History of the camera


History of the camera

The first permanent photograph was made in 1826 or 1827 by Joseph Nicéphore Niépce using a sliding wooden box camera made by Charles and Vincent Chevalier in Paris. Niépce built on a discovery by Johann Heinrich Schultz (1724): a silver and chalk mixture darkens under exposure to light. While this was the introduction of photography, the history of the camera can be traced back much further. Photographic cameras were a development of the camera obscura, a device dating back to the "Book of Optics" (1021) of the Iraqi Arab scientist Ibn al-Haytham (Alhacen),Nicholas J. Wade, Stanley Finger (2001), "The eye as an optical instrument: from camera obscura to Helmholtz's perspective", "Perception" 30 (10): 1157–1177] which uses a pinhole or lens to project an image of the scene outside onto a viewing surface.

Before the invention of photographic lapel processes there was no way to preserve the images produced by these cameras apart from manually tracing them. The earliest cameras were room-sized, with space for one or more people inside; these gradually evolved into more and more compact models such that by Niépce's time portable handheld cameras suitable for photography were readily available. The first camera that was small and portable enough to be practical for photography was built by Johann Zahn in 1685, though it would be almost 150 years before such an application was possible.

First exposure

Joseph Nicéphore Niépce took the first photograph by coating a pewter plate with bitumen and exposing the plate to light in 1814. The bitumen hardened where light struck. The unhardened areas were then dissolved away.

Daguerreotypes and calotypes

Louis Jacques Daguerre and Joseph Nicéphore Niépce (who was Daguerre's partner, but died before their invention was completed) invented the first practical photographic method, which was named the daguerreotype, in 1836. Daguerre coated a copper plate with silver, then treated it with iodine vapour to make it sensitive to light. The image was developed by mercury vapor and fixed with a strong solution of ordinary salt. William Fox Talbot perfected a different process, the calotype, in 1840. Both used cameras that were little different from Zahn's model, with a sensitized plate or sheet of paper placed in front of the viewing screen to record the image. Focusing was generally via sliding boxes.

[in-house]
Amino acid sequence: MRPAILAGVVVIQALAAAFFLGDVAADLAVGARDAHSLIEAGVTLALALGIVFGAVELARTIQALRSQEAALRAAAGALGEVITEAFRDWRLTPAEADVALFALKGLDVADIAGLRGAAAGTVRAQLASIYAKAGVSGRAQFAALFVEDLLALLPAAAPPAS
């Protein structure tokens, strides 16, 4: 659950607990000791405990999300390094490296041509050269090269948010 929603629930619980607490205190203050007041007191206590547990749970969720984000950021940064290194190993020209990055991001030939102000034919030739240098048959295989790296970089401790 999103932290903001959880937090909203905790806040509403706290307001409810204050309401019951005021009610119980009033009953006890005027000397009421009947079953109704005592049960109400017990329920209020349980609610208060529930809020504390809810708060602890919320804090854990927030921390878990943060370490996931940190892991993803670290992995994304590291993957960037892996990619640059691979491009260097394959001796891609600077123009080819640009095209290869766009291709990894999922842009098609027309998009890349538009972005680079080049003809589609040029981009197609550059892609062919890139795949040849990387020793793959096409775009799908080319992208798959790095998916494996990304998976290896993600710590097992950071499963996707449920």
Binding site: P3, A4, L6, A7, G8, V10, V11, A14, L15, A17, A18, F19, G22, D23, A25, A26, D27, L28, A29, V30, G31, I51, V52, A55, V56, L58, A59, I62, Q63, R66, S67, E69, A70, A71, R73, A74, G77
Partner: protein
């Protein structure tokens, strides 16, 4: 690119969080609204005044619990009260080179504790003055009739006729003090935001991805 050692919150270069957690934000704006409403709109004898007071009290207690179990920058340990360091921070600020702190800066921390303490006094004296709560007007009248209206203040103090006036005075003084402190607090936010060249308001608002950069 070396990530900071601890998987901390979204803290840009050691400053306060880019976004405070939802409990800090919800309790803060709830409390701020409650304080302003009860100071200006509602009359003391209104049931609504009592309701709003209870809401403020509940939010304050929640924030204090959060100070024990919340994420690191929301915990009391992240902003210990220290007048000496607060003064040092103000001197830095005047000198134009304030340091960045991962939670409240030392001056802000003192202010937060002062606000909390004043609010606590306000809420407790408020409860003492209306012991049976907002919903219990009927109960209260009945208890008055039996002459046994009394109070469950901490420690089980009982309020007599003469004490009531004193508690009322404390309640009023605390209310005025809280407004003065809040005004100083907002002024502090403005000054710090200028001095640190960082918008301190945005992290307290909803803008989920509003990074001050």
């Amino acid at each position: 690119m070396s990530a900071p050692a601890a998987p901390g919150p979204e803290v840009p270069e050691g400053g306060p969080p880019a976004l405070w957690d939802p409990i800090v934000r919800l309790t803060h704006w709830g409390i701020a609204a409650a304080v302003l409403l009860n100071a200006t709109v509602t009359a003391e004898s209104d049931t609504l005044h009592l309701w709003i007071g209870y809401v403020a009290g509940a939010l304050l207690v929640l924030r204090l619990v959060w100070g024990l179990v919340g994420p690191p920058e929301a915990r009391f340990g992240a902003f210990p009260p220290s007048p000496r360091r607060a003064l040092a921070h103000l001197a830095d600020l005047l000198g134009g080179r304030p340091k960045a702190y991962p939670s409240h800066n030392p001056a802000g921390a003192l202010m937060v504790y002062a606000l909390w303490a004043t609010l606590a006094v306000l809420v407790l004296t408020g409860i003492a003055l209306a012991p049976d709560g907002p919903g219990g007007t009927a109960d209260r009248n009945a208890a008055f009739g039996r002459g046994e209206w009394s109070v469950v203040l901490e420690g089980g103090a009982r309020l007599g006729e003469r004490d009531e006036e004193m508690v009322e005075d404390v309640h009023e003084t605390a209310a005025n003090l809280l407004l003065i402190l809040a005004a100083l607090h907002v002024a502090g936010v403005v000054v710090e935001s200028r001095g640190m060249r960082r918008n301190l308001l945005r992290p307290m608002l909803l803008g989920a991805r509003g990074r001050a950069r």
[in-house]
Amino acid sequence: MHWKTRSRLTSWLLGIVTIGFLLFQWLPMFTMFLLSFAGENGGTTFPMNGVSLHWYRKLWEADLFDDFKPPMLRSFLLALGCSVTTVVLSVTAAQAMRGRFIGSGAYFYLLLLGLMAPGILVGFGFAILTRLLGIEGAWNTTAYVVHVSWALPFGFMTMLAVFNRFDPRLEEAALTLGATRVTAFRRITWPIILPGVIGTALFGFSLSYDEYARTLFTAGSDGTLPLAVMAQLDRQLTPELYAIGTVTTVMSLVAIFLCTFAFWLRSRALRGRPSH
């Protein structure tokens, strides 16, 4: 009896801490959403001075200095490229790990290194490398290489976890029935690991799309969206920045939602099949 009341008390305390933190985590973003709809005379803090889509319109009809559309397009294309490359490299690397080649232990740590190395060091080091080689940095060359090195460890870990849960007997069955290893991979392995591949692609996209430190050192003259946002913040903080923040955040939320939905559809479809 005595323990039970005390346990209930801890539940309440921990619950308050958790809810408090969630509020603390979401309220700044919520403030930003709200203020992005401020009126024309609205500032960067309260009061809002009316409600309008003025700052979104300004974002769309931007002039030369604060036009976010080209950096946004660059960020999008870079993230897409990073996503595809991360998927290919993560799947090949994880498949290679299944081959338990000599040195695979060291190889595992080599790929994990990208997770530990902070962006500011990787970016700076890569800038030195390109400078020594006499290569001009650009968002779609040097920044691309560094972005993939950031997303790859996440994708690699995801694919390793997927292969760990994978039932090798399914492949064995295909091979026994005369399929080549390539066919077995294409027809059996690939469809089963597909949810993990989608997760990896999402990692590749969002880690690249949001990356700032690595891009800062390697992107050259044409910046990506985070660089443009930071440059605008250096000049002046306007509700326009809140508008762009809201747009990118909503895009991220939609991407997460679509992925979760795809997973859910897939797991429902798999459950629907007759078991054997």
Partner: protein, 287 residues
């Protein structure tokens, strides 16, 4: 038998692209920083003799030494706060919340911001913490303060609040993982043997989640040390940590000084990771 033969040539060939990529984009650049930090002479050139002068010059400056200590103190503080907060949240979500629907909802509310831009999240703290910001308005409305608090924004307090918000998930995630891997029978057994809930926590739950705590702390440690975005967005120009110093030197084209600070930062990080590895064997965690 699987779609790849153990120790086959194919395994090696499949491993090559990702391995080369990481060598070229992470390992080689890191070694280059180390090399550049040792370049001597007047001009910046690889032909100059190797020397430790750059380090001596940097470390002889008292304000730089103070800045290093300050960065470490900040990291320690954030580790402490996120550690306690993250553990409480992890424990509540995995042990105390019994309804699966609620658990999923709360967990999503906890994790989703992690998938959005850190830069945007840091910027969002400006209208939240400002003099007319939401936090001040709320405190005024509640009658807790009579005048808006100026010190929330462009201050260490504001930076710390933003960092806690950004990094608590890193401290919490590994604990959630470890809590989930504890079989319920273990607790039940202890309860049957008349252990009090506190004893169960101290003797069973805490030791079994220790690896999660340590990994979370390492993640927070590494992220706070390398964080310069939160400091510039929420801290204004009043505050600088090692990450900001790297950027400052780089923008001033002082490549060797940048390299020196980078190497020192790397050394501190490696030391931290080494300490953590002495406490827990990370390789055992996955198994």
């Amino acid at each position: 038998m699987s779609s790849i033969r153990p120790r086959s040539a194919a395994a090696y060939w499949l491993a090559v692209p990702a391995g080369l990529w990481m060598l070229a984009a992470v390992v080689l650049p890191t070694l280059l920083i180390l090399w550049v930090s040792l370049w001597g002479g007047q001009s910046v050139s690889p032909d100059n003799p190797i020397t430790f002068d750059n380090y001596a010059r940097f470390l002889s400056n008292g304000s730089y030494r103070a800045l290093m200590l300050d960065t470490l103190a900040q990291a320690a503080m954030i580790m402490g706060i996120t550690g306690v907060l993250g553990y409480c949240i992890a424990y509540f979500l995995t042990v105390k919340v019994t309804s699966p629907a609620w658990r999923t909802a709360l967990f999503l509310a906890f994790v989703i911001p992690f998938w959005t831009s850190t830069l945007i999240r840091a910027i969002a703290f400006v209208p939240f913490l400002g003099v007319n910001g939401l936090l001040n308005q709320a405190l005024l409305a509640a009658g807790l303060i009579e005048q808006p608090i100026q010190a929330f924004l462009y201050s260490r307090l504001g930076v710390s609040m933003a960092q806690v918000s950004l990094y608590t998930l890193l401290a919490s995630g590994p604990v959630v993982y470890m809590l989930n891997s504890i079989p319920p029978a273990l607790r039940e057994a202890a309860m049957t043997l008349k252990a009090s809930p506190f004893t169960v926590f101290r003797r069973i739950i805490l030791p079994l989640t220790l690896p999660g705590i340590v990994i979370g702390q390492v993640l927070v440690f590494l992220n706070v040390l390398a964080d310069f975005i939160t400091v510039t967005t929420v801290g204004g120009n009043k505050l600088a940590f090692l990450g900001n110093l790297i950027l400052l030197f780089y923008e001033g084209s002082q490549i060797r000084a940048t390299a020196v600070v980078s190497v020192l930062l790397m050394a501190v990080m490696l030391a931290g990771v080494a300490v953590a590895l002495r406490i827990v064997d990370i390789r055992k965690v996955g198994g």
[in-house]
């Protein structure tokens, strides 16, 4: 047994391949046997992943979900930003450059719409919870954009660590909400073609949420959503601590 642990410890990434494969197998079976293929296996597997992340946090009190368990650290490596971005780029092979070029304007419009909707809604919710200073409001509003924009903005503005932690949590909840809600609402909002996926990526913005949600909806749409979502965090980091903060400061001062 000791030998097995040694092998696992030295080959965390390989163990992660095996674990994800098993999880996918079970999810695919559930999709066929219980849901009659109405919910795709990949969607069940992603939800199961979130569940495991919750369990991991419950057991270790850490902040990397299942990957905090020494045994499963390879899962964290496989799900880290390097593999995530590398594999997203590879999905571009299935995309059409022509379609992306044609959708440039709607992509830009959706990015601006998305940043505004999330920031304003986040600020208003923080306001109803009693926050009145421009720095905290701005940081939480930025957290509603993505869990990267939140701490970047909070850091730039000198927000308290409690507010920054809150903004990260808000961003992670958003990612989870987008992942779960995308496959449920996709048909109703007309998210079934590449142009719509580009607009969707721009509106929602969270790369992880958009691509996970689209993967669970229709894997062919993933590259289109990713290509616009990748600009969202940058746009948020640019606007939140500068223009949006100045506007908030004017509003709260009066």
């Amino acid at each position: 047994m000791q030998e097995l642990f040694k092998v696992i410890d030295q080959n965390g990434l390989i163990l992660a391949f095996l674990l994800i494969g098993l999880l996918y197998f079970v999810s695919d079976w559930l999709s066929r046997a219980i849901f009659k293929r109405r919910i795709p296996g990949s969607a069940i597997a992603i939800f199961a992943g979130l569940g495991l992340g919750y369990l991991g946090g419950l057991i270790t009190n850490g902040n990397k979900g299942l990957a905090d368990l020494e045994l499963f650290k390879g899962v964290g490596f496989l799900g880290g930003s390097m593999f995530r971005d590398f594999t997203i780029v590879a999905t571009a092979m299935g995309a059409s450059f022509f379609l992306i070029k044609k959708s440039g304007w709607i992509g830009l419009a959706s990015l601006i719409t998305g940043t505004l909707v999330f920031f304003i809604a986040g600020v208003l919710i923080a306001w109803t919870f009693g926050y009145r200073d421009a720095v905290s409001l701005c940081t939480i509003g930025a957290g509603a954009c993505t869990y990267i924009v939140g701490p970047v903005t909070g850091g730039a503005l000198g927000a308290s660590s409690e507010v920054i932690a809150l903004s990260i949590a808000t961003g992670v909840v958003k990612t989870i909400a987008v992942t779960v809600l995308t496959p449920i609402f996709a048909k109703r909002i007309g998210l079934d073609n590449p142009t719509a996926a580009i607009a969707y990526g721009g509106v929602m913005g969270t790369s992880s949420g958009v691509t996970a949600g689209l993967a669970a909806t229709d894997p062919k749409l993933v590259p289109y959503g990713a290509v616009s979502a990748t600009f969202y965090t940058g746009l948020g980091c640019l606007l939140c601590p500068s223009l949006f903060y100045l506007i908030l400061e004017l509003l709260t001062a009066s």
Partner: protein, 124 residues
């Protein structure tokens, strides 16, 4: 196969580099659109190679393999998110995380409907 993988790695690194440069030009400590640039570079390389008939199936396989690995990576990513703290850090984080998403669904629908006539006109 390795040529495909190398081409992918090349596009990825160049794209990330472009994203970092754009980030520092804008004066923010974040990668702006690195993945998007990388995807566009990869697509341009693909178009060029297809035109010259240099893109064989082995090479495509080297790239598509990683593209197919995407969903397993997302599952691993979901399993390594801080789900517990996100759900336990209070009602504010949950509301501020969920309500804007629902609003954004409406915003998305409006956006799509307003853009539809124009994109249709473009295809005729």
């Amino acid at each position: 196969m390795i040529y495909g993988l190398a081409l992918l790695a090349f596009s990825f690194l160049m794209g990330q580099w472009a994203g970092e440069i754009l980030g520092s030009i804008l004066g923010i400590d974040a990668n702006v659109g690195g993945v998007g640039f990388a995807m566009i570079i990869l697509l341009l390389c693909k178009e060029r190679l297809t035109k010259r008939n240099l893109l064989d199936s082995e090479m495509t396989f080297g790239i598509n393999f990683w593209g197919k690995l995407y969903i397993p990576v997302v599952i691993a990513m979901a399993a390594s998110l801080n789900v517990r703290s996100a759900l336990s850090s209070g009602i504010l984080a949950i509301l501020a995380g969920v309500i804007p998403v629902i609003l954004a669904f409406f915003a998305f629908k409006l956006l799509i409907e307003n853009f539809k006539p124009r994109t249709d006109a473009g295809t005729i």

Dry plates

Collodion dry plates had been available since 1855, thanks to the work of Désiré van Monckhoven, but it was not until the invention of the gelatine dry plate in 1871 by Richard Leach Maddox that they rivaled wet plates in speed and quality. The advantages of the dry plate were obvious: photographers could use commercial dry plates off the shelf instead of having to prepare their own emulsions in a mobile darkroom. Also, for the first time, cameras could be made small enough to be hand-held, or even concealed. There was a proliferation of various designs, from single- and twin-lens reflexes to large and bulky field cameras, handheld cameras, and even cameras disguised as pocket watches, hats, or other objects.

The shortened exposure times that made candid photography possible also necessitated another innovation, the mechanical shutter. The very first shutters were separate accessories, though built-in shutters were common by the turn of the century.

Kodak and the birth of film